Director Martha Coolidge, originally from Connecticut, on the set with Halle Berry for the film Introducing Dorothy Dandridge.

Females in Film | Filmmaking | Interviews | Local Industry | New England

The Double Discrimination of Female Filmmakers

In her recent book Independent Female Filmmakers, NewEnglandFilm Founder Michele Meek says it's not just Hollywood who discriminates against filmmakers; it's all of us—film scholars, fans and curators.

10 May , 2019  

Written by Suzy Cosgrove | Posted by:

A conversation with Michele Meek on gender disparity in filmmaking and her latest book Independent Female Filmmakers: A Chronicle through Interviews, Profiles, and Manifestos, available on Routledge and Amazon.

In Michele Meek’s latest book, Independent Female Filmmakers: A Chronicle through Interviews, Profiles, and Manifestos, she interviews filmmakers such as Ericka Beckman and Martha Coolidge (both with connections to the New England area) and takes a hard look at the varying levels of discrimination towards women in the filmmaking world.

Suzy Cosgrove: What inspired you to begin work on this collection?

Michele Meek: It started because I was part of The Independent when it re-launched as an online publication back in 2007. When the AIVF (Association of Independent Video and Filmmakers) went under, there was a call for organizations to take it over, so I helped form Independent Media Publications, and we launched it as a website. So I long realized the importance of the archives of the publication. From 1976 to 2006, The Independent was active in covering independent and grassroots filmmakers who weren’t necessarily getting coverage in other outlets. Once I took over the publication we started the process of organizing and digitizing these pieces and I figured since I wanted people to start using them, that I should start using them too!

At first I thought of it as a compilation of interviews with filmmakers from the past but of course we needed to include some contemporary filmmakers as well as the publishers were hesitant to publish a book of only interviews that had previously been published. But this presented a unique opportunity to show the continued relevance of the filmmakers’ work and gives the reader a sense of where the filmmakers were in their lives when they gave the interview, and where they are now.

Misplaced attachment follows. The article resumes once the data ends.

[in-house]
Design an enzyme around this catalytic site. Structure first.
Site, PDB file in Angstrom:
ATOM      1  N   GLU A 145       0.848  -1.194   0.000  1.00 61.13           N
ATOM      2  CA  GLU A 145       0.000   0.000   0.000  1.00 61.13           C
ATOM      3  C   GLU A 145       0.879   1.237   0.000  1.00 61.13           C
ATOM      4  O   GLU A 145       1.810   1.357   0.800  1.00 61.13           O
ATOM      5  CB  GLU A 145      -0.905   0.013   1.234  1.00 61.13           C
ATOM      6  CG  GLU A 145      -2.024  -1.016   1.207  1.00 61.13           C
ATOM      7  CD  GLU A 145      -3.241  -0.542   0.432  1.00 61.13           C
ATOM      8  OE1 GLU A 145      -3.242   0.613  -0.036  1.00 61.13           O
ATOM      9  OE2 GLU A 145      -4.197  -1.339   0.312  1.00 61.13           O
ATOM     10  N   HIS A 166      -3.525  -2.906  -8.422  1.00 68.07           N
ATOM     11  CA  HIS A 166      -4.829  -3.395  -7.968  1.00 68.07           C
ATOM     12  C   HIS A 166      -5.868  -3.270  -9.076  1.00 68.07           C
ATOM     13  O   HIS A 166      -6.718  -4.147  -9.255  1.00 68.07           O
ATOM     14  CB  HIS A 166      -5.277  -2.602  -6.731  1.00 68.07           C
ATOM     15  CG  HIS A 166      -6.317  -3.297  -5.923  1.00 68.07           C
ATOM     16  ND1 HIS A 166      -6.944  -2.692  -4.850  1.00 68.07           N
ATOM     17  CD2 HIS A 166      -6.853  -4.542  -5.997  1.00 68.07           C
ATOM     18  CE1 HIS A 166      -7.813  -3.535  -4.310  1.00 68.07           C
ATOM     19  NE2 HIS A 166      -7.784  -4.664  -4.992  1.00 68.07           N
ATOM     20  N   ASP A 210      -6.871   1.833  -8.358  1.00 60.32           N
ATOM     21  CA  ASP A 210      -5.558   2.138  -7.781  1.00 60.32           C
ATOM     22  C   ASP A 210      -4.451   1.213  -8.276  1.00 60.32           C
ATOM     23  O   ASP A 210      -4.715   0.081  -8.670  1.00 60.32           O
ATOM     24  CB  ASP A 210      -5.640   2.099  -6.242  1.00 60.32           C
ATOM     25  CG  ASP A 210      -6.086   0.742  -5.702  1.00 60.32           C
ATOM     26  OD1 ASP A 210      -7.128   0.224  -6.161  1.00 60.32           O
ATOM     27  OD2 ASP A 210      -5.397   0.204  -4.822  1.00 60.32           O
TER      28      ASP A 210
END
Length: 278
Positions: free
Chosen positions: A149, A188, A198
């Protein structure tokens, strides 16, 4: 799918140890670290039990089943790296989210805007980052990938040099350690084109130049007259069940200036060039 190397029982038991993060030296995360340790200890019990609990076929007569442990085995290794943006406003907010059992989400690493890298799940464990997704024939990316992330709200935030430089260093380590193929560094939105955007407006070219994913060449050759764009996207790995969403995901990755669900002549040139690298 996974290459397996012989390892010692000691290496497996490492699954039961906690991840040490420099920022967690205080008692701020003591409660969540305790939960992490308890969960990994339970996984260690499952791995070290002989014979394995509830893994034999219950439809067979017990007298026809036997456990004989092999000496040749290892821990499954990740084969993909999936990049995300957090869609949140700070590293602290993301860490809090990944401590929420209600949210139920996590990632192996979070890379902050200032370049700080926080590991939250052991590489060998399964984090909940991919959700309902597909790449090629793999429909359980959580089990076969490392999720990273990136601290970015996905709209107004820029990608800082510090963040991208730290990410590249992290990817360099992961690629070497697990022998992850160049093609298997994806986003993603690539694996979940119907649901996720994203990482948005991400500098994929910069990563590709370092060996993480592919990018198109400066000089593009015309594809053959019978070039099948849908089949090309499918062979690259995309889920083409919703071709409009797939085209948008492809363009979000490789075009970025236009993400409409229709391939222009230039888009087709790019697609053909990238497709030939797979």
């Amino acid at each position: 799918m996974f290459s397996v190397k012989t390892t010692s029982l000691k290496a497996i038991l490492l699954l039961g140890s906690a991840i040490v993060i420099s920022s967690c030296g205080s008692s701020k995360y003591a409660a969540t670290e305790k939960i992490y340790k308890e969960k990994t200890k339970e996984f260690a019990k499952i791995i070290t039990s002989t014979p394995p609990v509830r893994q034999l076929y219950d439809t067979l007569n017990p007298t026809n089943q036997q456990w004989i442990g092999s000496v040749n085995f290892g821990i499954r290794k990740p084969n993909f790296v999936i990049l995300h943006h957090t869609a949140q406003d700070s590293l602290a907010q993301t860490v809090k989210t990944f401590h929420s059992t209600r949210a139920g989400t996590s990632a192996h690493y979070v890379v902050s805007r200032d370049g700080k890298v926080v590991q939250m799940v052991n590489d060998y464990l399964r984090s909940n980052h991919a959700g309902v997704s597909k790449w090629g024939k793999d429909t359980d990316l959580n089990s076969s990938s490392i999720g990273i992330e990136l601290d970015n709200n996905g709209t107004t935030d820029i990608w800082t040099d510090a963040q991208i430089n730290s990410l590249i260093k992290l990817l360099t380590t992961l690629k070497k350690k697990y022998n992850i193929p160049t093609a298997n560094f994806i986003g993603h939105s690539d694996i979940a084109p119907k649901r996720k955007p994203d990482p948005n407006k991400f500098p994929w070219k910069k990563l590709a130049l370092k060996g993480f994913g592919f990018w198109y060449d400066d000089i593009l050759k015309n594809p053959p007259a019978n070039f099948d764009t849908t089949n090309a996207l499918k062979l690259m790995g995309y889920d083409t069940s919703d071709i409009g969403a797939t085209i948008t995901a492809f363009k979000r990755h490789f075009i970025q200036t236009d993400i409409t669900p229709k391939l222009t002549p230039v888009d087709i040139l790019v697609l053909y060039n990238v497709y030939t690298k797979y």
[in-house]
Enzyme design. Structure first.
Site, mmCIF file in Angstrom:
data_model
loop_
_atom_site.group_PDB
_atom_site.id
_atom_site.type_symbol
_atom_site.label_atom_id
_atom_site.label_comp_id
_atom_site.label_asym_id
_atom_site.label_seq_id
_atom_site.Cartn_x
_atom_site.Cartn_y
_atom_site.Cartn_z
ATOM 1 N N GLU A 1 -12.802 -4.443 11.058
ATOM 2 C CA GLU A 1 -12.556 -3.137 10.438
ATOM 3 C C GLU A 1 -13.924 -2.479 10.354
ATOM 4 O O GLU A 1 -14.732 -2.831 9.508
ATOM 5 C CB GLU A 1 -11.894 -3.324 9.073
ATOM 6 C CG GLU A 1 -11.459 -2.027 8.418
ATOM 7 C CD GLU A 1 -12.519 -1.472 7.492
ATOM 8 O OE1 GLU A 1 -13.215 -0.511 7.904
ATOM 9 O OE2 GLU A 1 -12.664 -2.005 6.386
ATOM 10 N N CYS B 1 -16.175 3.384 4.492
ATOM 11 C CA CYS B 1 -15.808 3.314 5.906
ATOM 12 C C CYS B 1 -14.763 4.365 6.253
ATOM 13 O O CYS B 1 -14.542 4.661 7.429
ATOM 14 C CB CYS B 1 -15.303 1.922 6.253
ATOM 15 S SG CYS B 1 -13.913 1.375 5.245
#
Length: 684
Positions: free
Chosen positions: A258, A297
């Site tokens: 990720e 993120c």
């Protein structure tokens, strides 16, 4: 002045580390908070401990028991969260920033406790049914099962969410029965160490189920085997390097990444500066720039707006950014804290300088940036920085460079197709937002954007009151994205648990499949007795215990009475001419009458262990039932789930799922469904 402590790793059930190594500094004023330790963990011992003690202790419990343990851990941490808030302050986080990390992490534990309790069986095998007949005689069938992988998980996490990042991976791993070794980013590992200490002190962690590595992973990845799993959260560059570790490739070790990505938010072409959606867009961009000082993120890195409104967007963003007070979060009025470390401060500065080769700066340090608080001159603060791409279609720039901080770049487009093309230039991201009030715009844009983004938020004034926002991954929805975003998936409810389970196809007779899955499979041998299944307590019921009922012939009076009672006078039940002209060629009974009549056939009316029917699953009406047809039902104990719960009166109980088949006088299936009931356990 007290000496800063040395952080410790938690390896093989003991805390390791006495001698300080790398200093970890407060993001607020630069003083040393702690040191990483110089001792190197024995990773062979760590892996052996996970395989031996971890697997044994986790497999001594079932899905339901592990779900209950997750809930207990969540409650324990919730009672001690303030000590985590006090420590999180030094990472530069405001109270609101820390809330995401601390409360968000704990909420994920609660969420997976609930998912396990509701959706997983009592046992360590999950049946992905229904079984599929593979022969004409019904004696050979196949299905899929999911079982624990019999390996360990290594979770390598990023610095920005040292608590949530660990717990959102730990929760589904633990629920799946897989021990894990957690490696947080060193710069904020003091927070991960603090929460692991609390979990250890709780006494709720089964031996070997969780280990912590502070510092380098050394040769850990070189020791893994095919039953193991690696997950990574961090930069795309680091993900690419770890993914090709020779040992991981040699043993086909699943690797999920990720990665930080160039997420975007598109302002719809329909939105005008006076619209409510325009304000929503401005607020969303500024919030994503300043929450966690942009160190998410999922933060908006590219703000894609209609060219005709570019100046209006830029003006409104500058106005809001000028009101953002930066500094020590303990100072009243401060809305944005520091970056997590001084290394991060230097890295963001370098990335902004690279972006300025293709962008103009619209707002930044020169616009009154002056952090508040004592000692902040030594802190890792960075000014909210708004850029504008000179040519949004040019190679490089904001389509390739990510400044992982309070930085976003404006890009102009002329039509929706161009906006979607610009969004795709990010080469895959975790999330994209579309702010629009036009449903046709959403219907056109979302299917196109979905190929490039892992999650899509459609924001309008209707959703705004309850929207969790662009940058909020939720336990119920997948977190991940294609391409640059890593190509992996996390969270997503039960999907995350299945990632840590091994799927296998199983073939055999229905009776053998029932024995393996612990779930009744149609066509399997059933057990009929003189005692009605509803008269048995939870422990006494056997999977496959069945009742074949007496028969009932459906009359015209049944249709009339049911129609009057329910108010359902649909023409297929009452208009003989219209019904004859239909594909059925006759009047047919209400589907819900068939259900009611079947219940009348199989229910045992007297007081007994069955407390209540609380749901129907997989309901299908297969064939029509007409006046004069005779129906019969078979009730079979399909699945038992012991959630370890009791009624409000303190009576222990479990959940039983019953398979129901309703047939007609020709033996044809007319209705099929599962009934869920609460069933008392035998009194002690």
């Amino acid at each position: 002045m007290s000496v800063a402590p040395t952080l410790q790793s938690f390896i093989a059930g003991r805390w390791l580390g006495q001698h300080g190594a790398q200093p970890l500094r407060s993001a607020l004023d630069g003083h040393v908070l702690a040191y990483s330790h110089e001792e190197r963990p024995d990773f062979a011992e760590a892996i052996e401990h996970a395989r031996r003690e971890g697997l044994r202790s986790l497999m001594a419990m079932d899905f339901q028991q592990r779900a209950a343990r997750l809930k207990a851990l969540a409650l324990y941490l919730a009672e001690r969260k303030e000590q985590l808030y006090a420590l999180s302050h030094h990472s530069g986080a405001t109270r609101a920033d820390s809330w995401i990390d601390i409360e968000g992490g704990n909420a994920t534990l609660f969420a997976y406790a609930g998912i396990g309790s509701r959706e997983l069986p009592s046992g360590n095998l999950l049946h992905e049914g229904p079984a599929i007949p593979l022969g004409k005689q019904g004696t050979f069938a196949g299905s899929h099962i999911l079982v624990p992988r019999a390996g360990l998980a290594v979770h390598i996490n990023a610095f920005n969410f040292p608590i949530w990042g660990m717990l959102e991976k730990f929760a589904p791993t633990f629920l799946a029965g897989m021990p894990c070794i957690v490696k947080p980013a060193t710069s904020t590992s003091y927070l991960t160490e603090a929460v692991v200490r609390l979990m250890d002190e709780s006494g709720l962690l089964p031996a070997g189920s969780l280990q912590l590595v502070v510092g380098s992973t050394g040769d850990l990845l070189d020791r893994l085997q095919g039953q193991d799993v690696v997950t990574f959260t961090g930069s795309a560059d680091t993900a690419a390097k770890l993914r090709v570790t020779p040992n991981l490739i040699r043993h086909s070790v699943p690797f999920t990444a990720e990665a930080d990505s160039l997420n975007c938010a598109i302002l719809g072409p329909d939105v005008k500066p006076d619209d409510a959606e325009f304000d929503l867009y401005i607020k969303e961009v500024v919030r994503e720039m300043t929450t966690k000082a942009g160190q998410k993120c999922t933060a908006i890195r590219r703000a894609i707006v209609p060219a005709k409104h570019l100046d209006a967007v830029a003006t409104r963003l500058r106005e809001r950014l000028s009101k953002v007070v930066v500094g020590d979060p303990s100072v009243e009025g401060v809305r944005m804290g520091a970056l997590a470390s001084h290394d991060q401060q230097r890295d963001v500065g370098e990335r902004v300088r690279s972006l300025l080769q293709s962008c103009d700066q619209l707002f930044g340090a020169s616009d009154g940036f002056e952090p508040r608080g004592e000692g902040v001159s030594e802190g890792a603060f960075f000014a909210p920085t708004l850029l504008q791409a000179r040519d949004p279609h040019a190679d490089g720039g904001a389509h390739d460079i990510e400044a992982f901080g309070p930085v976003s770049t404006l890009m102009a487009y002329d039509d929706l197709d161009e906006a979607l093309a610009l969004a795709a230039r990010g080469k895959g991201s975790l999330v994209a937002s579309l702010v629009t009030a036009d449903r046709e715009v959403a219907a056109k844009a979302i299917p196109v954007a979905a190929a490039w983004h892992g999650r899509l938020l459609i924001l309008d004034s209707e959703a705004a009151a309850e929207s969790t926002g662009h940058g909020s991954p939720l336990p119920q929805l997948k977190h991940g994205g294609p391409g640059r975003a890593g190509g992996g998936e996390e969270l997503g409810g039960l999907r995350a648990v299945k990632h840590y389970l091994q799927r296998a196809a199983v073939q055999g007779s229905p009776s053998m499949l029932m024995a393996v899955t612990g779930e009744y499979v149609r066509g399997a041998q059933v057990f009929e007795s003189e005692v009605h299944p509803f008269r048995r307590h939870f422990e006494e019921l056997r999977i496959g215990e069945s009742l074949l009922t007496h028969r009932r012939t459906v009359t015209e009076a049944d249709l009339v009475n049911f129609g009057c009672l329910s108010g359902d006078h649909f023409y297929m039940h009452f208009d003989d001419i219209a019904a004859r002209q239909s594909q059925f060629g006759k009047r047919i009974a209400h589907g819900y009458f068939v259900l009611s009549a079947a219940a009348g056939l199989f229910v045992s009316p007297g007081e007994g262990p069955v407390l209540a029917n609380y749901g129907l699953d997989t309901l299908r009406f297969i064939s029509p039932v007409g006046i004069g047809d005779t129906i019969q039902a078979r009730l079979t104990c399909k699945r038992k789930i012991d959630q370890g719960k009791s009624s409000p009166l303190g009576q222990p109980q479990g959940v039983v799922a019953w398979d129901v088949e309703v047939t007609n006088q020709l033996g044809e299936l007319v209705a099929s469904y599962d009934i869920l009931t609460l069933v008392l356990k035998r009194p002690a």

SC: When did you start thinking about this book? I’m curious because of the political landscape now, in the US specifically. What was going on at the time you decided to make this compilation, and did it influence your creative decisions?

Meek: Well championing women’s work and achievements in filmmaking has been a long term interest of mine, so that was nothing new. I started this project years before the #MeToo movement or #TimesUp. I came to realize over time that there just weren’t enough books about women in filmmaking, and I wanted to create a compilation that profiled a number of important women filmmakers who truly all deserve a book of their own. There’s really no reason they shouldn’t each have their own book. So, this was a start in that direction, and a way of giving them a way to speak for themselves because it is mostly interviews and manifestos, most of the words are theirs, which was really important to me.

SC: How do you go about going through over 30 years worth of interviews to decide what to put in the book?

Meek: Well the first thing I needed to do was decide which filmmakers I wanted to have in the book, so that meant sifting through a lot of archives and finding every single woman filmmaker that was ever featured. Of course it’s not an objective process, so I  would ask other people their opinions, and it was very difficult because I obviously couldn’t include everyone.

Once I had that list, I figured out which of the chapters I could handle myself, Jennifer Fox and Martha Coolidge, and then did a call for writers at different universities. I was looking mostly for academics who could interact with their work on a more scholarly level but it was interesting as a process because there were writers involved who were journalists, and also writers that were solely academics. It didn’t occur to me until I got through the process of compiling this book that interviewing a person is an acquired skill that takes time and practice to develop. It also didn’t occur to me how I might need to guide academics who were not comfortable or accustomed to speaking directly to filmmakers. In some cases, they were used to working directly with the filmmaker’s work as it was on the screen without them being part of it.